SEARCY, Ark. – Searcy isn’t exactly a culinary hotspot. I come from Singapore, arguably the food capital of Southeast Asia. Searcy has a way to grow before it gets there. Even so, and to my great delight, this little town holds some pleasant surprises for an Asian college student looking to satisfy his cravings.

Maybe you’ve lived in the US all your life and you’re curious to try authentic Oriental flavors without breaking your bank account on a plane ticket. Or you may be like me, a fellow Asian in search of a taste of home. If that’s the case, punch these places into your phone and prepare for a treat.

These are my top three picks for the most authentic Asian restaurants in Searcy. They may not do it just like momma does, but they sure hit the spot. Chances are that you’ll find other Asians frequenting these places, so you know that it’s going to be good.

Get those chopsticks ready.

Whilma’s Filipino Restaurant

Why go for one kind of Asian cuisine when you can enjoy them all at once? That’s what Filipino food does best. According to Whilma Frogoso, owner and head chef of Whilma’s Filipino Restaurant, Filipino cuisine combines the best of every other Asian cuisine. Chinese, Indian, Indonesian, Thai – you name it!

From the moment you step into the restaurant on 701 E Race Ave., you’ll feel as if you’ve stepped out of the US and into Asia. Thanks to the recent Small Business Revolution, Whilma’s received a major facelift while retaining what is arguably the most authentic Asian cuisine in the region. People drive in from as far as Florida to savor these exquisite tastes. And so should you.

Photo by John Lim. Pork Adobo from Whilma’s Filipino Restaurant.

The classic Filipino dish is the Pork Adobo. This rice-and-meat dish is cooked in a savory-salty sauce, essentially the bread and butter of Filipino cuisine. The chefs allow the food to cook for a longer period of time so the spices and herbs fully infuse the meat and the sauce. When the flavors explode in your mouth, you’ll find that it was worth every minute of the wait.

Dora’s Express

You may have heard the stereotype about Asians eating rice or noodles at every meal. While not every stereotype is true, this one certainly is, at least for me. Thankfully, good rice isn’t hard to find, but good noodles are more difficult to come by.

The best noodles in town come from Dora’s Express, which you can find on 1516 E Race St. They specialize in hibachi grill foods prepared from a food truck, which is unexpectedly good. I sometimes fantasize about getting nothing but several orders of noodles just to plunge my chopsticks in and slurp down that savory goodness. That said, their rice is delicious in its own right. You don’t even need Yum-Yum sauce to go with them – which, by the way, isn’t actually an Asian thing. Keep it authentic people.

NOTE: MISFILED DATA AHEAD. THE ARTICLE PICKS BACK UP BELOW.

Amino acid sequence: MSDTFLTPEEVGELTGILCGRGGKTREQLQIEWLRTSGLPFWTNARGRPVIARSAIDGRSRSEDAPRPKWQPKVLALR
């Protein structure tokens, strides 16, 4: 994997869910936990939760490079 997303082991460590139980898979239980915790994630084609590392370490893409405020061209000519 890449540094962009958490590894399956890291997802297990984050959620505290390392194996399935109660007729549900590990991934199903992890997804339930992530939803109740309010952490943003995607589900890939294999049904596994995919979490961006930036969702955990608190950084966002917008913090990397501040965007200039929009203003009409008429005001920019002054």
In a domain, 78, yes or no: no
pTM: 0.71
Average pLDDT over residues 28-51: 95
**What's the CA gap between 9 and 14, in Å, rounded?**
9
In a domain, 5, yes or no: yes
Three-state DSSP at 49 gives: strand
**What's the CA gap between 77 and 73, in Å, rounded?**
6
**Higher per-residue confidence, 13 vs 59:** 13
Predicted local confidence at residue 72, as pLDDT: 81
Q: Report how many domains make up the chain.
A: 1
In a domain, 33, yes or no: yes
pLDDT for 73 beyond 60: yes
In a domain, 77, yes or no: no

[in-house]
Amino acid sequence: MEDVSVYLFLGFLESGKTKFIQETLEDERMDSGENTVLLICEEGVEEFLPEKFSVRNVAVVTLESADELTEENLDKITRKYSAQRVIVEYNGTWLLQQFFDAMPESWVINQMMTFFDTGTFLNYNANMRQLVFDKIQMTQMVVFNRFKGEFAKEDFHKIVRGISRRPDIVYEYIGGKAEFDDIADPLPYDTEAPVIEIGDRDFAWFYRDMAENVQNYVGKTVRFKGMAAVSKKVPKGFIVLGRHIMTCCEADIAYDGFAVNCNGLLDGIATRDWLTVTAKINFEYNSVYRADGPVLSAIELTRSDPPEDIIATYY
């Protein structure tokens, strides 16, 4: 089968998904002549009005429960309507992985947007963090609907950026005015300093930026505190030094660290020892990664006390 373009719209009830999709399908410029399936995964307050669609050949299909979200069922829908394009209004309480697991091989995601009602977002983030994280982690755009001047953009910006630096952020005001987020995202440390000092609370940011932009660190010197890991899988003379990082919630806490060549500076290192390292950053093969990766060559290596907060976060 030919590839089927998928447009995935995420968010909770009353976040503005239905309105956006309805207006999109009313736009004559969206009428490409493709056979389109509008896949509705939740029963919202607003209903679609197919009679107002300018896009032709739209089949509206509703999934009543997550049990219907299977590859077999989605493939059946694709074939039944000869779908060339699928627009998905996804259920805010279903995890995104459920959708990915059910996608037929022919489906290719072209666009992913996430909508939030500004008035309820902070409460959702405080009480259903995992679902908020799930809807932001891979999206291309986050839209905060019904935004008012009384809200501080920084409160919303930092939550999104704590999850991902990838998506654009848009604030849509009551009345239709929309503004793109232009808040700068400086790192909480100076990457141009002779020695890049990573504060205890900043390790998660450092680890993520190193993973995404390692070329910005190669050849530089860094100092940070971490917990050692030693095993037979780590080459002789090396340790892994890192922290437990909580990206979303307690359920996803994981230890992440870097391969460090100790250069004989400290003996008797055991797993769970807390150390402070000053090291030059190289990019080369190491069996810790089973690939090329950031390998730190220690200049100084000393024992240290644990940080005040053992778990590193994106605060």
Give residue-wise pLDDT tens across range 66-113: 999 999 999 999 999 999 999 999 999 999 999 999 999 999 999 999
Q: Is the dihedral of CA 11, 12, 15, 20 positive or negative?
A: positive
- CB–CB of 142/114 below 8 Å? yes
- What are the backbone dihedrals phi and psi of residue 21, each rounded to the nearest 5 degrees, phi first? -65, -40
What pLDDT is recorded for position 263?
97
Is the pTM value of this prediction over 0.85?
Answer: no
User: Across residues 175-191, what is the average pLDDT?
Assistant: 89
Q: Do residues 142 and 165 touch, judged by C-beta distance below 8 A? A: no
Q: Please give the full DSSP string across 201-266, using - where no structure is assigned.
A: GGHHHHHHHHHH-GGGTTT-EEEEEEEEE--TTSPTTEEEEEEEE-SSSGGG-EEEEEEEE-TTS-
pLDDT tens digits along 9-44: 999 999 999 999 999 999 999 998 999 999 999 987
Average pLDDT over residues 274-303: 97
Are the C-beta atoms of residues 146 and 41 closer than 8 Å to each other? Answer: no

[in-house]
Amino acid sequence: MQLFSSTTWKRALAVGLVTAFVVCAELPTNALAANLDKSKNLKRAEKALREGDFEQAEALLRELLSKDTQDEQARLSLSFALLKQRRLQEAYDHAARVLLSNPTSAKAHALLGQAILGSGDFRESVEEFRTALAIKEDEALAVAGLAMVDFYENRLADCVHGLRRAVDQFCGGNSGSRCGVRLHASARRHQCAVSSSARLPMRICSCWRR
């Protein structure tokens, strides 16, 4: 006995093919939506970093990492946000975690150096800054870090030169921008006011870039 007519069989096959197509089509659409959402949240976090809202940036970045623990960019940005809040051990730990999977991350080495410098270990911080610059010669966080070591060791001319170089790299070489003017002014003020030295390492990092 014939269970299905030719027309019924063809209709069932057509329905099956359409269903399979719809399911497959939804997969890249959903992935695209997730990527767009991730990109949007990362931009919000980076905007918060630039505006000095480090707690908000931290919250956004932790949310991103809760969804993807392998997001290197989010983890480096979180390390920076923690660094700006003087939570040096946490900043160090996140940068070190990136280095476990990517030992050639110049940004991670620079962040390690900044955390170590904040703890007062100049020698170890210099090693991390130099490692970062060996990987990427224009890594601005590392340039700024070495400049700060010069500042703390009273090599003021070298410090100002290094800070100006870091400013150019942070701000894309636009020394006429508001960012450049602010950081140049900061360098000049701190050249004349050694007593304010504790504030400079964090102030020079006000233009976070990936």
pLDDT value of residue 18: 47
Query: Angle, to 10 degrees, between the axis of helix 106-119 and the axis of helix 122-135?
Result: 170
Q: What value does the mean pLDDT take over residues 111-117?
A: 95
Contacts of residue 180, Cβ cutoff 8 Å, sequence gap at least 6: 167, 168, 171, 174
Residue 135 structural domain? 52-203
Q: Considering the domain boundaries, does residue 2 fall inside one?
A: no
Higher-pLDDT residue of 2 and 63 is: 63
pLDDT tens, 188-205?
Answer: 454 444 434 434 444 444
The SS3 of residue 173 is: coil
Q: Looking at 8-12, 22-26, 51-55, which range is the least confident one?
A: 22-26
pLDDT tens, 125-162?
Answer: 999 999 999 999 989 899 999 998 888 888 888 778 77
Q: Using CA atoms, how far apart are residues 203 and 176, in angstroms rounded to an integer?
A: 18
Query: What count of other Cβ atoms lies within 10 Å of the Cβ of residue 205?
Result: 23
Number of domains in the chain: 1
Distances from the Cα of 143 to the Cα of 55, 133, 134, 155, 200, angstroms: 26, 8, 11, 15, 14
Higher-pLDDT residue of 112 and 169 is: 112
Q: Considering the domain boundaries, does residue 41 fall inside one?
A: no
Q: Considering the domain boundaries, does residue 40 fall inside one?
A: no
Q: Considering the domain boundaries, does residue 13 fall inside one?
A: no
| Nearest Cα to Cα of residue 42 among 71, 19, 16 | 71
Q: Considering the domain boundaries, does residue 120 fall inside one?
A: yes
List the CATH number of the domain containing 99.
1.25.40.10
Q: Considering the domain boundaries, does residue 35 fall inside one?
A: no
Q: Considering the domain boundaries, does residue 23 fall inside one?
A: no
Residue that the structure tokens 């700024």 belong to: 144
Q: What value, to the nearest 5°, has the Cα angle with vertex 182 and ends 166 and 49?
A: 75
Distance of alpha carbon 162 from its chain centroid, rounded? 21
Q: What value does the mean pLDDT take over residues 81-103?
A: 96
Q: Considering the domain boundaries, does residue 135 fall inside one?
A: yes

Photo by John Lim. Dora’s Express.

While it’s hard to go wrong with anything here, I’ve fallen in love with the Hibachi Sukiyaki. This is a steak grilled with vegetables in a sauce that’s both savory and spicy. In other dishes, the meat is cooked separately from the vegetables, but here the flavor of one enhances the other. As for the spicy aspect, it’s not really quality Asian food without a good kick to it. For those with milder taste buds, you can ask them to tone it down so you can savor it without your mouth catching fire.

For the cash-strapped college student, there’s more good news. Dora’s is one of the cheaper options in town, and they’ll throw in another 10 percent discount if you show them your student ID. Best of all, you get a decent portion for what you pay. And if you can’t finish it in one sitting, you’ll be glad to have it in your fridge for leftover night.

Hubilai Mongolian Stir Fry

All-you-can-eat Asian grills aren’t exactly rare. But when I found out that Hubilai Mongolian Stir Fry had a “Singapore sauce,” I was sold. I was skeptical at first, but its authenticity took me by surprise.

Tucked away on 130 S Poplar St., hidden behind no less than Taco Bell, chances are you won’t find it unless you’re looking for it. It’s a treasure reserved for the enlightened, so I advise you to stake your claim as soon as you can.

For those unfamiliar with this kind of restaurant, it’s all-you-can-eat with a catch. You can grab as many vegetables, rice, noodles, and meat as you want, so long as you can fit it on a single bowl. Every time I go (which is a lot), it’s almost like a game that tests my stacking, balancing, and strategic planning skills all in one. Having to work for your dinner only makes it even more tasteful when you enjoy it later.

Photo by John Lim. Hubilai Mongolian Stir Fry.

When you’ve successfully piled up everything you can, it’s the sauces that make it a meal to remember. You can mix and match them in any way you like, and if you’re overwhelmed by all the choices, the staff here have some great tips for what works best for you. If you want a distinctly Asian flavor, I shamelessly recommend my combination: Singaporean sauce (in my opinion, the perfect blend of salty, savory, and spicy), hot pepper oil (to maximize that spicy satisfaction) and garlic oil (to enhance basically everything). Prepare to taste heaven.